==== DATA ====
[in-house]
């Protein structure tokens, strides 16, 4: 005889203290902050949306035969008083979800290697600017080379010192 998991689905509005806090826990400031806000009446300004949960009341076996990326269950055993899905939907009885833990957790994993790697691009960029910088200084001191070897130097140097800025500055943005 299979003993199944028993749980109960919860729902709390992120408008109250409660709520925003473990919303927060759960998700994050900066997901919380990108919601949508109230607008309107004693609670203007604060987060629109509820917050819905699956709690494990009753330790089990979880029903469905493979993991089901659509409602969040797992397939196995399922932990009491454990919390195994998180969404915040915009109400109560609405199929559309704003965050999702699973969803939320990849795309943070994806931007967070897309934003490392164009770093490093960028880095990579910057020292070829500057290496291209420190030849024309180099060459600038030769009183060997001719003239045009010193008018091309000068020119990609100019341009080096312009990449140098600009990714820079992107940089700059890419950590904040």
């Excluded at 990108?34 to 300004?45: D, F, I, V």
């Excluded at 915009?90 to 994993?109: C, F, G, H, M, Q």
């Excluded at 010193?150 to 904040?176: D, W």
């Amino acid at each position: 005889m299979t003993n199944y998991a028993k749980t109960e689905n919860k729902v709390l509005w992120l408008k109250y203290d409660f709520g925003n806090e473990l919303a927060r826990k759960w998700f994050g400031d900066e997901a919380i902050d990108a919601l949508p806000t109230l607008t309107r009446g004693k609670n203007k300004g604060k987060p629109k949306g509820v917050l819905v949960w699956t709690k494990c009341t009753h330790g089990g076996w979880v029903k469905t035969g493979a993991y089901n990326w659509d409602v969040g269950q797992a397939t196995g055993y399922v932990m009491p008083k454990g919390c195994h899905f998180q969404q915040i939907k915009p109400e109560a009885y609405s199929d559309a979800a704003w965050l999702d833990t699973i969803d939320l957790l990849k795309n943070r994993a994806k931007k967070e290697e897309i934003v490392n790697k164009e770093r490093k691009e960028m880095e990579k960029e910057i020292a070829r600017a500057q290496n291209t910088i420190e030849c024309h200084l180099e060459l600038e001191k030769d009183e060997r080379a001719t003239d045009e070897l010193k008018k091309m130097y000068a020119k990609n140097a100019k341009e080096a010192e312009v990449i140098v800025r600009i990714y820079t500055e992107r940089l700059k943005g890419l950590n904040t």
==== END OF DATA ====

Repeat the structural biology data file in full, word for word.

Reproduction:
[in-house]
């Protein structure tokens, strides 16, 4: 005889203290902050949306035969008083979800290697600017080379010192 998991689905509005806090826990400031806000009446300004949960009341076996990326269950055993899905939907009885833990957790994993790697691009960029910088200084001191070897130097140097800025500055943005 299979003993199944028993749980109960919860729902709390992120408008109250409660709520925003473990919303927060759960998700994050900066997901919380990108919601949508109230607008309107004693609670203007604060987060629109509820917050819905699956709690494990009753330790089990979880029903469905493979993991089901659509409602969040797992397939196995399922932990009491454990919390195994998180969404915040915009109400109560609405199929559309704003965050999702699973969803939320990849795309943070994806931007967070897309934003490392164009770093490093960028880095990579910057020292070829500057290496291209420190030849024309180099060459600038030769009183060997001719003239045009010193008018091309000068020119990609100019341009080096312009990449140098600009990714820079992107940089700059890419950590904040």
């Excluded at 990108?34 to 300004?45: D, F, I, V």
């Excluded at 915009?90 to 994993?109: C, F, G, H, M, Q």
């Excluded at 010193?150 to 904040?176: D, W």
């Amino acid at each position: 005889m299979t003993n199944y998991a028993k749980t109960e689905n919860k729902v709390l509005w992120l408008k109250y203290d409660f709520g925003n806090e473990l919303a927060r826990k759960w998700f994050g400031d900066e997901a919380i902050d990108a919601l949508p806000t109230l607008t309107r009446g004693k609670n203007k300004g604060k987060p629109k949306g509820v917050l819905v949960w699956t709690k494990c009341t009753h330790g089990g076996w979880v029903k469905t035969g493979a993991y089901n990326w659509d409602v969040g269950q797992a397939t196995g055993y399922v932990m009491p008083k454990g919390c195994h899905f998180q969404q915040i939907k915009p109400e109560a009885y609405s199929d559309a979800a704003w965050l999702d833990t699973i969803d939320l957790l990849k795309n943070r994993a994806k931007k967070e290697e897309i934003v490392n790697k164009e770093r490093k691009e960028m880095e990579k960029e910057i020292a070829r600017a500057q290496n291209t910088i420190e030849c024309h200084l180099e060459l600038e001191k030769d009183e060997r080379a001719t003239d045009e070897l010193k008018k091309m130097y000068a020119k990609n140097a100019k341009e080096a010192e312009v990449i140098v800025r600009i990714y820079t500055e992107r940089l700059k943005g890419l950590n904040t």